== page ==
J. Michael Cole is a Taipei-based senior fellow with the China Policy Institute and the Taiwan Studies Programme at the University of Nottingham, UK, a research associate with the French Centre for Research on Contemporary China, and chief editor of Taiwan Sentinel.

Interview by Matteo Damiani

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Convergence or Conflict in the Taiwan Strait
Convergence or Conflict in the Taiwan Strait, J. Michael Cole’s new book on “one country, two systems” principle

China has just dropped the term limits for the president. What does this recent change mean for China?

It means a return to the imperial, “mandate of heaven” tradition and, in my opinion, a negative turn in China. It’s a further concentration of power and a deepening of authoritarian rule for the country. It’s the abandonment of a tradition of “rule by consensus” that has existed since the end of the catastrophic Mao era.

Though nothing close to democratic, the regular transitions of power that came with the term-limits at least imposed some change; now that is gone. Combined with Xi’s gaining control of all the key institutions within the CCP and his ongoing drive to rid himself of any competitor, that’s a rather worrying development.

As I argued in a recent article for CPI Analysis, this development risks creating instability in China and, in time of crisis, could accelerate momentum towards a coup d’état, there being no other option to get rid of bad leadership.

Is there any internal opposition within the CCP?

We can assume there is, but who’s going to go public saying that right now, knowing what happens to whoever criticises President Xi nowadays? The CCP has its own factions, so those that are not pro-Xi would understandably be unhappy with this turn of events, as are those who are in favour of reform.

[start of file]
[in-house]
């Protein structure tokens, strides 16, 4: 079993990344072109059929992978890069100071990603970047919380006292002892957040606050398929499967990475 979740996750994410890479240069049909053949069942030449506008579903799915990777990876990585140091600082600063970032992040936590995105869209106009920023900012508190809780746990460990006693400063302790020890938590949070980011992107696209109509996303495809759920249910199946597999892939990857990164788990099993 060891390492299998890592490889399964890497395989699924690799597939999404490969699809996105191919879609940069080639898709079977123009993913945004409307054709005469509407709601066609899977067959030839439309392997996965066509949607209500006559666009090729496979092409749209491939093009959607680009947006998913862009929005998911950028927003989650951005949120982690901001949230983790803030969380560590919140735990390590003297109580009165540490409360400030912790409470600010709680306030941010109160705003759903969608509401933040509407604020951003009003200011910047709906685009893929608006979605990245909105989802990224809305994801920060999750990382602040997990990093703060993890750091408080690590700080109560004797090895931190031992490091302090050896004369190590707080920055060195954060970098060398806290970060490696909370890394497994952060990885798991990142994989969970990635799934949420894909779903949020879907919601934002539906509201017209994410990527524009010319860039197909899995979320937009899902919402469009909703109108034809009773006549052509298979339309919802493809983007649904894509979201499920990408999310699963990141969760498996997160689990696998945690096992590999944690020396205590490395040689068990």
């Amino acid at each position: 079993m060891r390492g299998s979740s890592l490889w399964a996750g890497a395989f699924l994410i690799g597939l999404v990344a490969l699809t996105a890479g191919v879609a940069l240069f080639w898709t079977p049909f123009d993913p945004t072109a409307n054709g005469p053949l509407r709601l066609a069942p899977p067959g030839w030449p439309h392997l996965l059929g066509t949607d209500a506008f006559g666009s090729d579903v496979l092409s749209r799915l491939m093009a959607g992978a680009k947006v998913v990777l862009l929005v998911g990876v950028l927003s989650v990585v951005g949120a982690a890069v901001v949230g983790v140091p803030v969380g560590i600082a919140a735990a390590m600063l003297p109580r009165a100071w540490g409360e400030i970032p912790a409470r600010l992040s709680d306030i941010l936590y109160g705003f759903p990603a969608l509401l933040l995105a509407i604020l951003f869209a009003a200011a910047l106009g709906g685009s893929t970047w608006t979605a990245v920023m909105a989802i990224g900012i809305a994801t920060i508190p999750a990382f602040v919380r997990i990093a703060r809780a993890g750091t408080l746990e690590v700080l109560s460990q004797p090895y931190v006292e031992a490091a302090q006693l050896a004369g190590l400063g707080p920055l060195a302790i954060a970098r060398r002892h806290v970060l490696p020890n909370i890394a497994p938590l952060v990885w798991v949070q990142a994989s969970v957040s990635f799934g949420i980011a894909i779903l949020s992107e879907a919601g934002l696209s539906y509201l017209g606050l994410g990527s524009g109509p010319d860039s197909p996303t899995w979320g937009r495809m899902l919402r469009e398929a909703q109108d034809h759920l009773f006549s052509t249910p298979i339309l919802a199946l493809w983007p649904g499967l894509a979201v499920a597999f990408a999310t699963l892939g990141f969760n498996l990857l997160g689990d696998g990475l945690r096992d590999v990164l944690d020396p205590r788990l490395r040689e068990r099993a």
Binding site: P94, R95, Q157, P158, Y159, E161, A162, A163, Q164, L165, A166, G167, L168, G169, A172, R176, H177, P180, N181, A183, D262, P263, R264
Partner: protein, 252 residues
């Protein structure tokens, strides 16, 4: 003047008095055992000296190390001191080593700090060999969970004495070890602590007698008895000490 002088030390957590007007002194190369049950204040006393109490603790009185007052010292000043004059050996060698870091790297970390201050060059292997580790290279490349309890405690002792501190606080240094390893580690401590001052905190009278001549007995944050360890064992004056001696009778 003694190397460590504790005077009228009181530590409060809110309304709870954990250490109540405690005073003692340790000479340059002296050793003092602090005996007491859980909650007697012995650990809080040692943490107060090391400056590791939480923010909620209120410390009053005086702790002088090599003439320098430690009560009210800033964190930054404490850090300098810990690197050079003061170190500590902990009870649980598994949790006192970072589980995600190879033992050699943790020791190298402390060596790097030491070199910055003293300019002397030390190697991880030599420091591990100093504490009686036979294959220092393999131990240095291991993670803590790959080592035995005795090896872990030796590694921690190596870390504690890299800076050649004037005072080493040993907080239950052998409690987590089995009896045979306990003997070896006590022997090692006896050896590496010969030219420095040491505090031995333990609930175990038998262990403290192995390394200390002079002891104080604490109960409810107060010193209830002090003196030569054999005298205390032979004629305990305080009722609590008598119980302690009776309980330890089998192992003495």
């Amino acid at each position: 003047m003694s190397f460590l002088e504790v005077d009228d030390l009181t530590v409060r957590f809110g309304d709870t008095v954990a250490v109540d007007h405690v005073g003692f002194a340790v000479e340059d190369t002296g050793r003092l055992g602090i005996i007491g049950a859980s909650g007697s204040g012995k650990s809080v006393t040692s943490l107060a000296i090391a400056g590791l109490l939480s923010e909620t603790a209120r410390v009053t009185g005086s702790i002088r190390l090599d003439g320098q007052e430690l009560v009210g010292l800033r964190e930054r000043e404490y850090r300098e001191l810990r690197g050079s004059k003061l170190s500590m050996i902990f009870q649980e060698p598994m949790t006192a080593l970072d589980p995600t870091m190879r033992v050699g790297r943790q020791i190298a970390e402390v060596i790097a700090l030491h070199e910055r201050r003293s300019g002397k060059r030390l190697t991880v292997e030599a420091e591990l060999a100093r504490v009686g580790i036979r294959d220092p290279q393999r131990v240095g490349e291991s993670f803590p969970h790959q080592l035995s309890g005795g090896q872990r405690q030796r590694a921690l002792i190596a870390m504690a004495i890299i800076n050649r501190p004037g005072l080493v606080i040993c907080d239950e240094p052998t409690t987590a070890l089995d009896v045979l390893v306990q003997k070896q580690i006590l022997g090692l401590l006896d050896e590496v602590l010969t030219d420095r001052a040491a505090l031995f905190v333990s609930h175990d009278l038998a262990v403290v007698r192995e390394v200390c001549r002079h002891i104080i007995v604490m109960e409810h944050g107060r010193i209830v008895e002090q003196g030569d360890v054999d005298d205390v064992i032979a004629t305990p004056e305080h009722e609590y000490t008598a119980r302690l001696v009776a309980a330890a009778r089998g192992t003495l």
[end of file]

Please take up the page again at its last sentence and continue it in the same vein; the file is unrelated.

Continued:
j-michael-cole
J. Michael Cole (寇謐將) is Senior Non-Resident Fellow at the China Policy Institute – University of Nottingham, UK; Associate researcher, French Centre for Research on Contemporary China (CEFC); Chief editor, Taiwan Sentinel 台灣守望 and Guest editor, Taiwan Democracy Bulletin.

How can be explained Xi Jinping’s seizure of absolute power?

Consolidation of power can be for the sake of accumulating power itself or because President Xi has somehow convinced himself that he needs more than two terms to accomplish everything he’s set out to do. It indicates that in his view, he is indispensable to the “great rejuvenation of China” and that he and he alone knows what is best for China, for the present and the future. This has all the hallmarks of a dictatorship. It’s quite worrying, for the region, and for the Chinese people themselves, who of course had no say in the matter.

The benefits of the New Silk Road are evident for the international community. But what does it mean for the international balance of powers?